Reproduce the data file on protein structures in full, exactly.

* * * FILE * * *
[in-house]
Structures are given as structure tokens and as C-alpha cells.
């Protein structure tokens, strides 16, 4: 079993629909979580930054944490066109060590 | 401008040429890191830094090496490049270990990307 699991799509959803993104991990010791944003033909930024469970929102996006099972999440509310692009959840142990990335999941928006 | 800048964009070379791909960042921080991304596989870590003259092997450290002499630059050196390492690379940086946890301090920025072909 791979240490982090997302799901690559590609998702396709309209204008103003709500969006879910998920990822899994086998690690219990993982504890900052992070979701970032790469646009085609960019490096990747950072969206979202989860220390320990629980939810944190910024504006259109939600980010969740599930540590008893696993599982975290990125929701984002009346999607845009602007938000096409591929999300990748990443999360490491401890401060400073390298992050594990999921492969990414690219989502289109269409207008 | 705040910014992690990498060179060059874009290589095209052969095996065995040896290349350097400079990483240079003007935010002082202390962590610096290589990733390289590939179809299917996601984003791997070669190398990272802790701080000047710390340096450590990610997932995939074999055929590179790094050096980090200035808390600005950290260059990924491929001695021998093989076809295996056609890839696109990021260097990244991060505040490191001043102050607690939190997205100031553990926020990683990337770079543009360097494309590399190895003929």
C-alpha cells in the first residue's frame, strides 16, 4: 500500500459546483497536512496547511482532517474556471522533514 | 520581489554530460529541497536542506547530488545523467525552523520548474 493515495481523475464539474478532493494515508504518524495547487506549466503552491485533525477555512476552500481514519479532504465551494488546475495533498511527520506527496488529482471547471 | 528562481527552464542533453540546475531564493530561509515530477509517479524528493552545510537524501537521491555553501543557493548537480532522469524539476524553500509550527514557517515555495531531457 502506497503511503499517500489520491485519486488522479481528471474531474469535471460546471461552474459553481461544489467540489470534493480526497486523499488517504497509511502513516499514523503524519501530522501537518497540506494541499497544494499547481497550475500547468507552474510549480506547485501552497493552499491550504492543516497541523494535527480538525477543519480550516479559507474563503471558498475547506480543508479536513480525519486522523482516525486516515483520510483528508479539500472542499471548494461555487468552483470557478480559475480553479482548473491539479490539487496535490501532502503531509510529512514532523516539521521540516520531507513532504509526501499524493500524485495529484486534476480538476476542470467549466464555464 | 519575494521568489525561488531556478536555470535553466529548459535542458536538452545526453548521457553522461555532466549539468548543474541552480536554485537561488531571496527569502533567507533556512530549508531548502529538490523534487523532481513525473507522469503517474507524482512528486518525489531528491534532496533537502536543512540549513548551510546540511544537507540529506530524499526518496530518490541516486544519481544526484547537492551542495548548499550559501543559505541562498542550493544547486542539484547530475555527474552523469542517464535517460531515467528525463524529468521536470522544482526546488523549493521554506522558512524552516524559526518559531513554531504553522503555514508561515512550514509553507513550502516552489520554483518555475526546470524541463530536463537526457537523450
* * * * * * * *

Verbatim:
[in-house]
Structures are given as structure tokens and as C-alpha cells.
């Protein structure tokens, strides 16, 4: 079993629909979580930054944490066109060590 | 401008040429890191830094090496490049270990990307 699991799509959803993104991990010791944003033909930024469970929102996006099972999440509310692009959840142990990335999941928006 | 800048964009070379791909960042921080991304596989870590003259092997450290002499630059050196390492690379940086946890301090920025072909 791979240490982090997302799901690559590609998702396709309209204008103003709500969006879910998920990822899994086998690690219990993982504890900052992070979701970032790469646009085609960019490096990747950072969206979202989860220390320990629980939810944190910024504006259109939600980010969740599930540590008893696993599982975290990125929701984002009346999607845009602007938000096409591929999300990748990443999360490491401890401060400073390298992050594990999921492969990414690219989502289109269409207008 | 705040910014992690990498060179060059874009290589095209052969095996065995040896290349350097400079990483240079003007935010002082202390962590610096290589990733390289590939179809299917996601984003791997070669190398990272802790701080000047710390340096450590990610997932995939074999055929590179790094050096980090200035808390600005950290260059990924491929001695021998093989076809295996056609890839696109990021260097990244991060505040490191001043102050607690939190997205100031553990926020990683990337770079543009360097494309590399190895003929």
C-alpha cells in the first residue's frame, strides 16, 4: 500500500459546483497536512496547511482532517474556471522533514 | 520581489554530460529541497536542506547530488545523467525552523520548474 493515495481523475464539474478532493494515508504518524495547487506549466503552491485533525477555512476552500481514519479532504465551494488546475495533498511527520506527496488529482471547471 | 528562481527552464542533453540546475531564493530561509515530477509517479524528493552545510537524501537521491555553501543557493548537480532522469524539476524553500509550527514557517515555495531531457 502506497503511503499517500489520491485519486488522479481528471474531474469535471460546471461552474459553481461544489467540489470534493480526497486523499488517504497509511502513516499514523503524519501530522501537518497540506494541499497544494499547481497550475500547468507552474510549480506547485501552497493552499491550504492543516497541523494535527480538525477543519480550516479559507474563503471558498475547506480543508479536513480525519486522523482516525486516515483520510483528508479539500472542499471548494461555487468552483470557478480559475480553479482548473491539479490539487496535490501532502503531509510529512514532523516539521521540516520531507513532504509526501499524493500524485495529484486534476480538476476542470467549466464555464 | 519575494521568489525561488531556478536555470535553466529548459535542458536538452545526453548521457553522461555532466549539468548543474541552480536554485537561488531571496527569502533567507533556512530549508531548502529538490523534487523532481513525473507522469503517474507524482512528486518525489531528491534532496533537502536543512540549513548551510546540511544537507540529506530524499526518496530518490541516486544519481544526484547537492551542495548548499550559501543559505541562498542550493544547486542539484547530475555527474552523469542517464535517460531515467528525463524529468521536470522544482526546488523549493521554506522558512524552516524559526518559531513554531504553522503555514508561515512550514509553507513550502516552489520554483518555475526546470524541463530536463537526457537523450